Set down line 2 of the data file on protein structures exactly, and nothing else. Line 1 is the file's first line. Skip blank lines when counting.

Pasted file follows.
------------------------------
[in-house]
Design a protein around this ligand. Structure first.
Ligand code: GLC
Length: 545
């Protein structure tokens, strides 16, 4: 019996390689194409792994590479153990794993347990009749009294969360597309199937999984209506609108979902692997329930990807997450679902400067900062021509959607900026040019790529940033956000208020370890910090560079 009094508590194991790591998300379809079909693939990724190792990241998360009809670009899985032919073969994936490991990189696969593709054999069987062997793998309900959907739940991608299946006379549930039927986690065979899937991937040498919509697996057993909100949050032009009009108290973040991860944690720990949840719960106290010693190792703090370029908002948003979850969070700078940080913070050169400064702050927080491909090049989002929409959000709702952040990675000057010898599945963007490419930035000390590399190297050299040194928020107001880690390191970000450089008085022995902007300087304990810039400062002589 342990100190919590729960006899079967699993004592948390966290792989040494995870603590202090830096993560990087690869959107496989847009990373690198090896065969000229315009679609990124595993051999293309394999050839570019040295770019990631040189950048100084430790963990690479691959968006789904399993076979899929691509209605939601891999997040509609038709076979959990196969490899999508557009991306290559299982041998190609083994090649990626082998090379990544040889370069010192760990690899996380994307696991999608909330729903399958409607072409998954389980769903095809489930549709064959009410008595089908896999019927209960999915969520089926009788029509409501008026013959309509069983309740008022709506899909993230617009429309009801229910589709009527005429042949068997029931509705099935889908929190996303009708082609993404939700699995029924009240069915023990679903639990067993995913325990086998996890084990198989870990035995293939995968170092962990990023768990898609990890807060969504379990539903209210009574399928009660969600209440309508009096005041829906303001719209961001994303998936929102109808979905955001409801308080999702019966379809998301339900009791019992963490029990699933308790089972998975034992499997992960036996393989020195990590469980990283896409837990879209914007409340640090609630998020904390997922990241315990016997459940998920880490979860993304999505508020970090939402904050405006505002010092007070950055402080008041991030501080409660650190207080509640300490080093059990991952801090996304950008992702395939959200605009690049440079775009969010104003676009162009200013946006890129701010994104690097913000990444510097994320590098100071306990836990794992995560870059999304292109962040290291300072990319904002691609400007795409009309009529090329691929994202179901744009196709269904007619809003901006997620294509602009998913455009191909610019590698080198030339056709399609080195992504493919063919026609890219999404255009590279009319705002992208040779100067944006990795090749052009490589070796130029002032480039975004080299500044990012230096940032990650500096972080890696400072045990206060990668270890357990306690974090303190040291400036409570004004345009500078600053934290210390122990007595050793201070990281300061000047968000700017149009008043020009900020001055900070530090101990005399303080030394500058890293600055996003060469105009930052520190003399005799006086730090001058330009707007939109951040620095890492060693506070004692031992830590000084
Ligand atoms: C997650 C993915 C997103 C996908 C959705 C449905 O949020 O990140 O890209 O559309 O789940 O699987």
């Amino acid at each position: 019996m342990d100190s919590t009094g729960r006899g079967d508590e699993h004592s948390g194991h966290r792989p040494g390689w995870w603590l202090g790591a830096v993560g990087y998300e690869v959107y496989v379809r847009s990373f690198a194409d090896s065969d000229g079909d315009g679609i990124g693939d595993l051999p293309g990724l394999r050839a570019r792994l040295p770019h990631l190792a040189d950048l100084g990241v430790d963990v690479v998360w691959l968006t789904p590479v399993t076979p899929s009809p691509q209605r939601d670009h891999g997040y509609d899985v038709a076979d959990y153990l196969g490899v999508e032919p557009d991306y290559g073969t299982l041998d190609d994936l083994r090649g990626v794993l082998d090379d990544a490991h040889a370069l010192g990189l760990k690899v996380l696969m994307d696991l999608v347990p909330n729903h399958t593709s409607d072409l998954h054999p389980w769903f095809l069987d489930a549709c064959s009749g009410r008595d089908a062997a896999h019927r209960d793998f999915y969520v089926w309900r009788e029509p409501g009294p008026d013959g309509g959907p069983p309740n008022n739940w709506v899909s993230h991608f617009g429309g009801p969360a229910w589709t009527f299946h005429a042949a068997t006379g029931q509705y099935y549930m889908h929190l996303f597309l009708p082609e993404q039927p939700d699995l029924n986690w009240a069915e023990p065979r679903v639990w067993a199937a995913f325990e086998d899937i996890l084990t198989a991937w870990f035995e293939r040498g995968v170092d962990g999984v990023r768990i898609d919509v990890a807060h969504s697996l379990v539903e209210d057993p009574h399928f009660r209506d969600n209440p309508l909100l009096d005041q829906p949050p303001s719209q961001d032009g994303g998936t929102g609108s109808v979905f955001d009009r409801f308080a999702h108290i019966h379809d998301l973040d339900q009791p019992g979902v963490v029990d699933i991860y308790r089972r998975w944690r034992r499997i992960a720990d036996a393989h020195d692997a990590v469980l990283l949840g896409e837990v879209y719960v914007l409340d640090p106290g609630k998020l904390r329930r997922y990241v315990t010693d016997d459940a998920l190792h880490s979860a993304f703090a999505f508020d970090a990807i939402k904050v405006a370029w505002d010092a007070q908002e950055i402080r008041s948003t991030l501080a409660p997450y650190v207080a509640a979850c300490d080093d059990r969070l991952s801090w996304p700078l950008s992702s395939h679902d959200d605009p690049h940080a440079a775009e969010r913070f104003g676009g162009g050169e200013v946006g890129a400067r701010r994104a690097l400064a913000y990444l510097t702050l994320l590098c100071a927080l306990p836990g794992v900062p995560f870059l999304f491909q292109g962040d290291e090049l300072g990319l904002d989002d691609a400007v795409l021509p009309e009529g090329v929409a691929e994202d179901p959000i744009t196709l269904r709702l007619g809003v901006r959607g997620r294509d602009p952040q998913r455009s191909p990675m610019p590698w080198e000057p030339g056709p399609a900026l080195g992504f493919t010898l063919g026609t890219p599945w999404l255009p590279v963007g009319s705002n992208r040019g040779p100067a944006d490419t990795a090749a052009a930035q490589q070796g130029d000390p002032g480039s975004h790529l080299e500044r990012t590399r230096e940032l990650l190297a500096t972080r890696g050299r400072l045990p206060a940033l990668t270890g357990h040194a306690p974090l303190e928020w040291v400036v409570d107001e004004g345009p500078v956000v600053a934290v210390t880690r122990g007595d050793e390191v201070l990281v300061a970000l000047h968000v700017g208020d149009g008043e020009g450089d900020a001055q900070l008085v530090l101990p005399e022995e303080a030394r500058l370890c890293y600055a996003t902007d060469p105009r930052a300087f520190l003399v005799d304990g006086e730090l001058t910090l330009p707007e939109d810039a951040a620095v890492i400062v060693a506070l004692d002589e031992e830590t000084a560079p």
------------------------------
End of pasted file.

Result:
Design a protein around this ligand. Structure first.